2. Some of your churches experience pecuniary difficulties, and cannot make the provision for your ministers which their labours deserve, and which you would wish to make for them. If these difficulties cannot be removed, they may probably be diminished by proper exertions, and the adoption of judicious plans. Let it be impressed on your minds, not only that “the labourer is worthy of his hire," and that " they who preach the gospel should live by the gospel;" but that it is for your benefit that your ministers should be kept as free as possible from worldly cares and embarrassments, and the fatigues and perplexities of worldly business, that they may be at leisure to give themselves to study and the work of the ministry, and feel themselves at liberty to attend more entirely to what concerns your spiritual edification. It must be a pleasure to you to see them and their families comfortable and respectable. Besides, they onght, if practicable, to be enabled to exercise hospitality, and to set an example of liberality to the poor, the sick, the infirm and the aged. I am far from censuring your conduct, my brethren, in reference to pecuniary exertions, for I know of no district where a better disposition has been shewn by churches to promote the interest of their ministers, according to their ability and means, than among you : still, perhaps in some places your plans may be capable of improvement, and your exertions of being rendered more effective. All the members of a congregation should do what they can to support the cause, and those who are in quite humble circumstances may best contribute their mite by monthly or even weekly subscriptions, which suitable persons may be appointed to receive, as is done among the Methodists, who it is well known raise considerable funds by small weekly contributions. It is likely more would be done, and some difficulties obviated in some churches, if every one did his part according to his ability : and allow me to ask, 'whether, while some persons in better circumstances have all along shewn the greatest liberality there are not others who have not contributed according to their means, and even some who have done scarcely any thing for the cause? I accuse no one, but I appeal to the consciences of you all. Let every individual ask himseli whether he be contributing in proportion as God hath, in his providence, blessed him. I am anxious that fruit should abound to your profit, that you should lay up treasure in heaven, a good foundation against the time to come: for he that soweth sparingly shall reap sparingly, and he that soweth plentifully shall reap plentifully. I trust, if soine of your churches are in depressed circumstances while others are in a more flourishing condition, that the latter will, as was formerly the case, shew a readiness to assist and strengthen the former. If, after all, you feel difficulties which cannot at present be removed, do not despond; but go on steadily and zealously in the work of the Lord, and, he will make even your difficulties work for your good, and in due time deliver you from all your troubles both as individuals and as churches. Do what you can, leave the rest to God, and fear not but all things will issue well.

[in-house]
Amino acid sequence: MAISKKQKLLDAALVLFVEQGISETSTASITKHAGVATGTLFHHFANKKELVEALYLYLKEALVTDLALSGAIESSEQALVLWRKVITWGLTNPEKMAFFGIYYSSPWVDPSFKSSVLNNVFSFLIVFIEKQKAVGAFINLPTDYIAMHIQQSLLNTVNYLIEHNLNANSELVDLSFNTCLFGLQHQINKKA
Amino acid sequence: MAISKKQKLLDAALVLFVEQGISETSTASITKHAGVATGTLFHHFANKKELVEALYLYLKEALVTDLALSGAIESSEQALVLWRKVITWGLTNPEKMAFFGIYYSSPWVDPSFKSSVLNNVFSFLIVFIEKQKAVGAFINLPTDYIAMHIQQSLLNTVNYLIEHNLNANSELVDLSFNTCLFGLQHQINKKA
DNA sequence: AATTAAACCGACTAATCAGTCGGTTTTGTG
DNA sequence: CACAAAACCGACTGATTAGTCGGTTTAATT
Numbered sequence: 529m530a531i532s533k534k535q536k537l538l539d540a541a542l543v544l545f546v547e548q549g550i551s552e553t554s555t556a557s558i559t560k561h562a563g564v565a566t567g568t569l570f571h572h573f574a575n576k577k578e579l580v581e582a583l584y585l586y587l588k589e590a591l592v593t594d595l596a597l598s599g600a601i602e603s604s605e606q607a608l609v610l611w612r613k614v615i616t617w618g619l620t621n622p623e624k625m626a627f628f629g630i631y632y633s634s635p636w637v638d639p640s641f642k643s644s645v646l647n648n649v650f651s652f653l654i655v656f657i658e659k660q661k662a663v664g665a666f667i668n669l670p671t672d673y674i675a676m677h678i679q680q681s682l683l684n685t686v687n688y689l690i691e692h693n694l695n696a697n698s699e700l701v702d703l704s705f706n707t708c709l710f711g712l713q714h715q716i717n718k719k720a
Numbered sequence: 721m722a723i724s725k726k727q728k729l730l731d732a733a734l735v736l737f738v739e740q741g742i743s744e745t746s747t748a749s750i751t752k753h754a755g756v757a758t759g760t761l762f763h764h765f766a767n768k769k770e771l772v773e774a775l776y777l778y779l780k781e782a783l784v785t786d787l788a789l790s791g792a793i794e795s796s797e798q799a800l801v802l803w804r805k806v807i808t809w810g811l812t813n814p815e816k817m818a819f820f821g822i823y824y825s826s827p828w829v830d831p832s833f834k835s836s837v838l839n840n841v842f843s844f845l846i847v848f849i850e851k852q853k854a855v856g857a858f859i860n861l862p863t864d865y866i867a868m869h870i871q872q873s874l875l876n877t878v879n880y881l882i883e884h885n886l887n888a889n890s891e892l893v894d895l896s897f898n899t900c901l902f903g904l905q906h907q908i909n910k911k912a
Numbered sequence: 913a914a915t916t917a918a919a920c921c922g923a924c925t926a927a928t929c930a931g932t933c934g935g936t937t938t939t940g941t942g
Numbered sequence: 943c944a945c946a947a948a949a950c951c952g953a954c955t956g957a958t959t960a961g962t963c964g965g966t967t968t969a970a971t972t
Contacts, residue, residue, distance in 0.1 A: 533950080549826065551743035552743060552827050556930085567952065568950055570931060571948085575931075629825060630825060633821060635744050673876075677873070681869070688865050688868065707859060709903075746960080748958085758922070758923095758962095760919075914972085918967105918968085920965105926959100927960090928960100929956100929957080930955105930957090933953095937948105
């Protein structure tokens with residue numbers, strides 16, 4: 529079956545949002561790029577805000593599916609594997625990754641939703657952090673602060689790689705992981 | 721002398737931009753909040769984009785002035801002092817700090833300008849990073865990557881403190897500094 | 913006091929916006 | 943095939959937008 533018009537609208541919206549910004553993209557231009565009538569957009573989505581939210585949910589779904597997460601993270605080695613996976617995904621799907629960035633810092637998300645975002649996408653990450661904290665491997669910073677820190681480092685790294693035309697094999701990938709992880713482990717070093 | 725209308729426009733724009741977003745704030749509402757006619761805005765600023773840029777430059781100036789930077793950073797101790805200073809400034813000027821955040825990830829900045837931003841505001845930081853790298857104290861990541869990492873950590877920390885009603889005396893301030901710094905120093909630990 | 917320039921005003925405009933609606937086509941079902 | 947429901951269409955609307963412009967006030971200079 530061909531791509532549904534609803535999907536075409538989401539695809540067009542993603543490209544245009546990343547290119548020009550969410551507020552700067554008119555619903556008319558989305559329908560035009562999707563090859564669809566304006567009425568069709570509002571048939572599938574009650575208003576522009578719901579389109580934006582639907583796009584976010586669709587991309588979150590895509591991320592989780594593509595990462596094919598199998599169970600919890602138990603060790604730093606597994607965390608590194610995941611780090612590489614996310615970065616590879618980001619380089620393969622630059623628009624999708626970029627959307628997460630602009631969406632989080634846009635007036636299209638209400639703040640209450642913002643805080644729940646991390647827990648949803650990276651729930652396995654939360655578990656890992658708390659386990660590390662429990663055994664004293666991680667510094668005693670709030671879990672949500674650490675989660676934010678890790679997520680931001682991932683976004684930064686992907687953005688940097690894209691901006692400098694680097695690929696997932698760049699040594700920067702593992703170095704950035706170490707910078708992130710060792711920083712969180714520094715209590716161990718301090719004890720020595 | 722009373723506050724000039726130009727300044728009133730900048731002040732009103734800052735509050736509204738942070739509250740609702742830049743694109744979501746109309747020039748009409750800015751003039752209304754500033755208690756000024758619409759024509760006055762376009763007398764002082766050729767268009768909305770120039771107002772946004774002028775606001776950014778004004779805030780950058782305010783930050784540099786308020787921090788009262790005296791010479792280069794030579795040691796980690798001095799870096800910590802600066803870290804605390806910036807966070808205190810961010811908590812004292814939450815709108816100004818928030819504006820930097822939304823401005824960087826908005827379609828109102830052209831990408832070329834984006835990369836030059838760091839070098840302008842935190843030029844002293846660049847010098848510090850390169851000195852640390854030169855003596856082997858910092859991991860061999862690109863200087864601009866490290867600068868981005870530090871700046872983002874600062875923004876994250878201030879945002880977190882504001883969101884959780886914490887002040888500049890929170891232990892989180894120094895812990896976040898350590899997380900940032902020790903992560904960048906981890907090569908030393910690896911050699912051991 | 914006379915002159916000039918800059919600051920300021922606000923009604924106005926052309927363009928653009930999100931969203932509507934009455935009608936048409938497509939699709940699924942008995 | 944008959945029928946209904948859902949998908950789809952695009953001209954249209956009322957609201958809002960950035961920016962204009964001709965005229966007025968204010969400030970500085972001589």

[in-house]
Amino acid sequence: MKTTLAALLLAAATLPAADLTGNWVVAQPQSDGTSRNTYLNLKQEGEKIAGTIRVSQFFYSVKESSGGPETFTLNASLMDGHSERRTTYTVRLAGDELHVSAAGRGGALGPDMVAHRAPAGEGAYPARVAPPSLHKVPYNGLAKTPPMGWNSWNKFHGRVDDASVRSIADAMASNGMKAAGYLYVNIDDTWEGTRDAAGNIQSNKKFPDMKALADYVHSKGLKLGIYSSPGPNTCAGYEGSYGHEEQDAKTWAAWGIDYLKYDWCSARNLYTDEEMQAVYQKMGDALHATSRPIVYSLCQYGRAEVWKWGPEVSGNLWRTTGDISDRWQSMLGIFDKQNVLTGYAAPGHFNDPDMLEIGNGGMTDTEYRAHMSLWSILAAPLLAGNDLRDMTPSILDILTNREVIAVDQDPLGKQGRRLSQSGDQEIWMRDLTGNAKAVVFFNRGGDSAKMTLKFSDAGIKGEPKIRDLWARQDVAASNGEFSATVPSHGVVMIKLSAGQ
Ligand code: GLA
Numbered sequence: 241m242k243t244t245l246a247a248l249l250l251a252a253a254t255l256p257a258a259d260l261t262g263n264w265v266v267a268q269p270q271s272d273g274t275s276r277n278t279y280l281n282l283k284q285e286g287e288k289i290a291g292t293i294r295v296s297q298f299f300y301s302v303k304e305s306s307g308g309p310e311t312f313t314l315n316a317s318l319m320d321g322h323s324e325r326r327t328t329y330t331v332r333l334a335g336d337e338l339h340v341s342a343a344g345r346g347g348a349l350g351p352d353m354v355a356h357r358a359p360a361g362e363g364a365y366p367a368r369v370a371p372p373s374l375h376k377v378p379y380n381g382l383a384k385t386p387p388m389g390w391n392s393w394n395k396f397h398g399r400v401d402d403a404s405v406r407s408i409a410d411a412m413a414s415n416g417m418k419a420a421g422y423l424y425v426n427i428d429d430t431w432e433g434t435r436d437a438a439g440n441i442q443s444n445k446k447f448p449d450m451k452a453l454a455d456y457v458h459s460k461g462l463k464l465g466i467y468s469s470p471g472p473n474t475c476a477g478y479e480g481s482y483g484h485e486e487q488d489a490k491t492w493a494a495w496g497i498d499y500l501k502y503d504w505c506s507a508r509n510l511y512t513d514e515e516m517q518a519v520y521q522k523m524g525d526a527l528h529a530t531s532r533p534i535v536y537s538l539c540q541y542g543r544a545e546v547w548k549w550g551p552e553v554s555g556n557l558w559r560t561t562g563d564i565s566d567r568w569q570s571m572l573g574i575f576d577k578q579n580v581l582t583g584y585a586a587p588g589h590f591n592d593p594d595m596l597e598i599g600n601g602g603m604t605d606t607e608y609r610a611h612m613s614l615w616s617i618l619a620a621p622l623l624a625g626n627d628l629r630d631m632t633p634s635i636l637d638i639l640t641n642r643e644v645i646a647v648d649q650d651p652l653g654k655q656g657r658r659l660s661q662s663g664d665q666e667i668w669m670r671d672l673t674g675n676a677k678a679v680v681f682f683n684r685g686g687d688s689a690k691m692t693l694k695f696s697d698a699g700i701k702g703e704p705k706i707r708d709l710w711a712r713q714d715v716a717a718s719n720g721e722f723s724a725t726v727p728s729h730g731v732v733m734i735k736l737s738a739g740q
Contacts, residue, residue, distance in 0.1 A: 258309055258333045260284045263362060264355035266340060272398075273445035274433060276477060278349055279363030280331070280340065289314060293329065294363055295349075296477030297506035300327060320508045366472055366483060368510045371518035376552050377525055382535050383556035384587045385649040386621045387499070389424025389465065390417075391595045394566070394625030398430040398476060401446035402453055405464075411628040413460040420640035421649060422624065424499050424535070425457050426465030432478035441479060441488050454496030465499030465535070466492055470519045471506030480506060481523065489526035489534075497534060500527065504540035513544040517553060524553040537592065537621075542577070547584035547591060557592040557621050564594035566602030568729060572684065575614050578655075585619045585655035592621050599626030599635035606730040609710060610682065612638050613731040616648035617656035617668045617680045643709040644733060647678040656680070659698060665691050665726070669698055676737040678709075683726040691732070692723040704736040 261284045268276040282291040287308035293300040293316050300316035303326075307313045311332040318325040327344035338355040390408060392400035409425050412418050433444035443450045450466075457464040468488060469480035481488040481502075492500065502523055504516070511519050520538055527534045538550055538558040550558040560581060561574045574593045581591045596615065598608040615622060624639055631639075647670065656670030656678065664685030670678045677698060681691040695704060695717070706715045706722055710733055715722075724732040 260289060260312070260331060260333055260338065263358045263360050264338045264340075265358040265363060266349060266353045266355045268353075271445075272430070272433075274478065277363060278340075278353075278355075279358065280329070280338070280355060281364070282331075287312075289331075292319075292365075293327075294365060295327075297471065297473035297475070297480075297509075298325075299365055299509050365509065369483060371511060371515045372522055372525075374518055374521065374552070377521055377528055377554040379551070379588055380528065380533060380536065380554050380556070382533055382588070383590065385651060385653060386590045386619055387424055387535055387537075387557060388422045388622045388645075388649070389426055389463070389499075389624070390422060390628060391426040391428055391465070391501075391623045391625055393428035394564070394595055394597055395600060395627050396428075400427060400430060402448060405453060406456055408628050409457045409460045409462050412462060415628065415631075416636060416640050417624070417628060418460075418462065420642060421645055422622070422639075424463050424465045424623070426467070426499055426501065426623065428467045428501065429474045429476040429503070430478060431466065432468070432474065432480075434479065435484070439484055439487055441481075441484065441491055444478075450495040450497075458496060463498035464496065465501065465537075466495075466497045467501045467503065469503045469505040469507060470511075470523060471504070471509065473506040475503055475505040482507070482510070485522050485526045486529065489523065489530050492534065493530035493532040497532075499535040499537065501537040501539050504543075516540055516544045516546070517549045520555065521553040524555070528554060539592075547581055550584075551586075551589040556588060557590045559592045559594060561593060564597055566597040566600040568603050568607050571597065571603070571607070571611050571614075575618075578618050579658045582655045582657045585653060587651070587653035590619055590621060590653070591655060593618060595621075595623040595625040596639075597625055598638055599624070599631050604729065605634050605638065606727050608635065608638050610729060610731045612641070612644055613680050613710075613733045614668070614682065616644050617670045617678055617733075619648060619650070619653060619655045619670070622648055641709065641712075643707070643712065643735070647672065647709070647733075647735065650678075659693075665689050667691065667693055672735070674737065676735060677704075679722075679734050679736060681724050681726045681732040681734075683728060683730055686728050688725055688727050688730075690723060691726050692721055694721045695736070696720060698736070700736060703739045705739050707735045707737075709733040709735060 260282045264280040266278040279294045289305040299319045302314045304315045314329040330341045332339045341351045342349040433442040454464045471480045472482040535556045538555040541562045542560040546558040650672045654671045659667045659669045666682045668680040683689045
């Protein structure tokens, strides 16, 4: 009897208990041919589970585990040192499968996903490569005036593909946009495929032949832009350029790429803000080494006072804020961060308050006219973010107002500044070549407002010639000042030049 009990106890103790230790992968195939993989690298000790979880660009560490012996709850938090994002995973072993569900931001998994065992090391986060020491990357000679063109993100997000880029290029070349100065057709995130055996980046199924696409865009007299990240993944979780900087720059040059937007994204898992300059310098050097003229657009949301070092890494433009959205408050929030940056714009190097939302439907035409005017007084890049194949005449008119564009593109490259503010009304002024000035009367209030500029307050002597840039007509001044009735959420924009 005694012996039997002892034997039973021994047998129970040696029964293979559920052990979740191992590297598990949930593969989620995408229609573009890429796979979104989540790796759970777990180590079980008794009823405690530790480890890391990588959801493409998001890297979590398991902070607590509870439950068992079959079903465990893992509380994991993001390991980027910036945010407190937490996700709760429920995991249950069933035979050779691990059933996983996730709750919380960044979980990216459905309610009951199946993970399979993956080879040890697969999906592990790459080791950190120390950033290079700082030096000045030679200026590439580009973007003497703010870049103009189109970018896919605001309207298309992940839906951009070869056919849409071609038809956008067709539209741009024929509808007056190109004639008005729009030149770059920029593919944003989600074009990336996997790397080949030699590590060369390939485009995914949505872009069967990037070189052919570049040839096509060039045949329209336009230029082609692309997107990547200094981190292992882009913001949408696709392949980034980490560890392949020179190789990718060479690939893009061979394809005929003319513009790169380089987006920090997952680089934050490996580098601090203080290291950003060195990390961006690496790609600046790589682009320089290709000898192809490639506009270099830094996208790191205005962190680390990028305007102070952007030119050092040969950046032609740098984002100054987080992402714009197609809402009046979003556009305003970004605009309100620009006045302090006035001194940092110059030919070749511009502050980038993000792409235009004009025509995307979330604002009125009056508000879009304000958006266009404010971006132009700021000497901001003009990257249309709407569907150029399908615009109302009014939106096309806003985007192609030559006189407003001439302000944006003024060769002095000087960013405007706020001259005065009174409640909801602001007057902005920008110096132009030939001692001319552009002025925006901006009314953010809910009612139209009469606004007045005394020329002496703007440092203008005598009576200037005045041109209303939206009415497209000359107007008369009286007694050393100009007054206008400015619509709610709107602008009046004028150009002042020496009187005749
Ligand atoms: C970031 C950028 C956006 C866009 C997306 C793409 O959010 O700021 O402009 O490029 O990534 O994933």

3. In order to increase and strengthen your congrega. tions, and to effect a revival of the cause among you, it is highly desirable, wherever it can be made practicable, that you should obtain openings for village preaching, and have occasional religious services at moderate distances from your regular places of Worship, that the attention of stran. gers may be excited, and your hearers on the Lord's-day increased. The plan of village preaching has been found effectual among different parties of Christians, for the revival of country congregations when in a low state; I have witnessed the good effects of it in several instances, and earnestly recommend it to your consideration and adoption.
4. In some parts of your district you stand much in need of persons to act as occasional preachers, after the manner of those called local preachers among the Methodists, who are of essential importance among that now numerous body of Christians. Such preachers we have in some parts of the kingdom, and their labours bave already been found beneficial to the cause. Considerable judgment and prudence is no doubt necessary in determining on the persons to be employed as occasional preachers : you must not engage all who may offer themselves, nor all who are capa. ble of talking fluently; but make yourselves sure that their